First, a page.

I enjoy beach vacations but I am a brat so I want to be right on the beach and I want nothing to do but be with my family, read, chat and sip ice tea. This year’s family vacation is in Broadkill Beach, Delaware. The beach house is a block from the bay. It is a short walk over the dunes to the beach. The weather has been great a little warm but if you sit right at the edge of water you don’t feel as hot. My youngest daughter’s golden retriever has joined us complete with his own life jacket and water toys. I have read 2 books (A Secret Kept by Tatina De Rosnay and The Bridge of San Luis Rey by Thorton Wilder) and been able to watch  5 episodes Newsroom – the new Alan Sorkin drama on HBO. I don’t have HBO so it was exciting to learn the beach house did. We also have played Wits and Wagers – fun game.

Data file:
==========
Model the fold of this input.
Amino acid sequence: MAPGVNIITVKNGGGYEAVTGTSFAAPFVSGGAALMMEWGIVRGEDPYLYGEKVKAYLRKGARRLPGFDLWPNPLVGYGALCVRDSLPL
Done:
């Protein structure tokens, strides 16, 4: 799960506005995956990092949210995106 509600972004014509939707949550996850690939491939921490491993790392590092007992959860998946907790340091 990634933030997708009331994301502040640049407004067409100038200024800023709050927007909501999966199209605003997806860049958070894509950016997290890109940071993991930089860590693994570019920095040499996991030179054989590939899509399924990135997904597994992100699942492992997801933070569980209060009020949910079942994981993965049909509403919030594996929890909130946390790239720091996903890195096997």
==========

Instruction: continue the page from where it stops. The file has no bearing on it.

I have had the opportunity to share with my daughters stories of other beach adventures. As a child I remember going to Blackpool to visit my Uncle Bill. As a child, Blackpool was a magical place. There was Blackpool Tower, the circus, trolleys going up and down the boardwalk, fish and chips, donkey rides on the beach. The beach was huge and you could walk out “forever”.  I have a vivid memory of playing soccer with my brother and sister, when suddenly my brother when flying across the beach. He had slipped on something – a jelly fish. There were many jellyfish on the beach that summer. We would later learn that because of a change in the Gulf stream there were man of war in Blackpool. Yuck.  On another note, because Blackpool is in England, you don’t water a bathing suit on the beach – it is too cold. Another beach memory is taking my “little sister” to the Jersey Shore, Sandy Hook to be exact. My “little sister” is 12 years younger than I am so when I was old enough to drive she was still young. I remember standing at the edge of the water and a big wave came and knocked us over. Luckily I was holding her hand and I kept holding on to her – that was scary.  As a teenager, I have memories of day trips to the shore with friends – baby oil, little bikinis and Parkway traffic. I remember snorkeling with Bruce on our honeymoon in St Thomas and being afraid of the fish. His comment was “you are the one who isn’t suppose to be here – this is where they live” Family trips when my girls were young to Wildwood Crest, Island Beach State Park and North Carolina. And trips to the beaches of St Thomas with my girls when they were in high school. And family vacations with my sister and her family to North Carolina and Rhode Island.